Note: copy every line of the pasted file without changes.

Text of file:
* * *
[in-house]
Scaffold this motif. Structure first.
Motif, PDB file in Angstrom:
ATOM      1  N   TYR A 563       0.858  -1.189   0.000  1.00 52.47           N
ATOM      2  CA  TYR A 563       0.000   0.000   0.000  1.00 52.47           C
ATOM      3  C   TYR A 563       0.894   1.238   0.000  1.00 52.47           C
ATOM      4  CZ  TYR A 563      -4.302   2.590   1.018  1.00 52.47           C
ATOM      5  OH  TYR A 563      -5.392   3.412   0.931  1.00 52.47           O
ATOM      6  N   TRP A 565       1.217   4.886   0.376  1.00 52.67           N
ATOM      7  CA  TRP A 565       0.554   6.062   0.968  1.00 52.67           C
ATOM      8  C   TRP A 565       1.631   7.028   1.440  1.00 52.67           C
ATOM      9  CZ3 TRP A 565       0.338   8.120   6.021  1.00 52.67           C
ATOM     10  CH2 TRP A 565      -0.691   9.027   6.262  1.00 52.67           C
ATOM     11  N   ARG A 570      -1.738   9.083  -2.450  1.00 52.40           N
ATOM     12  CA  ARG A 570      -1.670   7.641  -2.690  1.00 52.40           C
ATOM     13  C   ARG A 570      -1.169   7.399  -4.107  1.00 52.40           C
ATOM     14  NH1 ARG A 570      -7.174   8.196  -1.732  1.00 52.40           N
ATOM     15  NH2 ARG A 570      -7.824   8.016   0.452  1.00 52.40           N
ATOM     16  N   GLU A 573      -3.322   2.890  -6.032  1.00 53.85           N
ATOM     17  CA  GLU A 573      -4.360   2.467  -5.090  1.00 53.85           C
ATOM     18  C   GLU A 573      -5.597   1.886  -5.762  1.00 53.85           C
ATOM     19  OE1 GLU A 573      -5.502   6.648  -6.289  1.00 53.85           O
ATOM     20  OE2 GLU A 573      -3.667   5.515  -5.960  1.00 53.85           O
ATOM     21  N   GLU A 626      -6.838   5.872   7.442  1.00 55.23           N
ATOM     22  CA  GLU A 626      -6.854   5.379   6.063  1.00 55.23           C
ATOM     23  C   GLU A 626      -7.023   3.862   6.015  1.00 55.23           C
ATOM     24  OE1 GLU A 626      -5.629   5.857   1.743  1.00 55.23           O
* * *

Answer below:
[in-house]
Scaffold this motif. Structure first.
Motif, PDB file in Angstrom:
ATOM      1  N   TYR A 563       0.858  -1.189   0.000  1.00 52.47           N
ATOM      2  CA  TYR A 563       0.000   0.000   0.000  1.00 52.47           C
ATOM      3  C   TYR A 563       0.894   1.238   0.000  1.00 52.47           C
ATOM      4  CZ  TYR A 563      -4.302   2.590   1.018  1.00 52.47           C
ATOM      5  OH  TYR A 563      -5.392   3.412   0.931  1.00 52.47           O
ATOM      6  N   TRP A 565       1.217   4.886   0.376  1.00 52.67           N
ATOM      7  CA  TRP A 565       0.554   6.062   0.968  1.00 52.67           C
ATOM      8  C   TRP A 565       1.631   7.028   1.440  1.00 52.67           C
ATOM      9  CZ3 TRP A 565       0.338   8.120   6.021  1.00 52.67           C
ATOM     10  CH2 TRP A 565      -0.691   9.027   6.262  1.00 52.67           C
ATOM     11  N   ARG A 570      -1.738   9.083  -2.450  1.00 52.40           N
ATOM     12  CA  ARG A 570      -1.670   7.641  -2.690  1.00 52.40           C
ATOM     13  C   ARG A 570      -1.169   7.399  -4.107  1.00 52.40           C
ATOM     14  NH1 ARG A 570      -7.174   8.196  -1.732  1.00 52.40           N
ATOM     15  NH2 ARG A 570      -7.824   8.016   0.452  1.00 52.40           N
ATOM     16  N   GLU A 573      -3.322   2.890  -6.032  1.00 53.85           N
ATOM     17  CA  GLU A 573      -4.360   2.467  -5.090  1.00 53.85           C
ATOM     18  C   GLU A 573      -5.597   1.886  -5.762  1.00 53.85           C
ATOM     19  OE1 GLU A 573      -5.502   6.648  -6.289  1.00 53.85           O
ATOM     20  OE2 GLU A 573      -3.667   5.515  -5.960  1.00 53.85           O
ATOM     21  N   GLU A 626      -6.838   5.872   7.442  1.00 55.23           N
ATOM     22  CA  GLU A 626      -6.854   5.379   6.063  1.00 55.23           C
ATOM     23  C   GLU A 626      -7.023   3.862   6.015  1.00 55.23           C
ATOM     24  OE1 GLU A 626      -5.629   5.857   1.743  1.00 55.23           O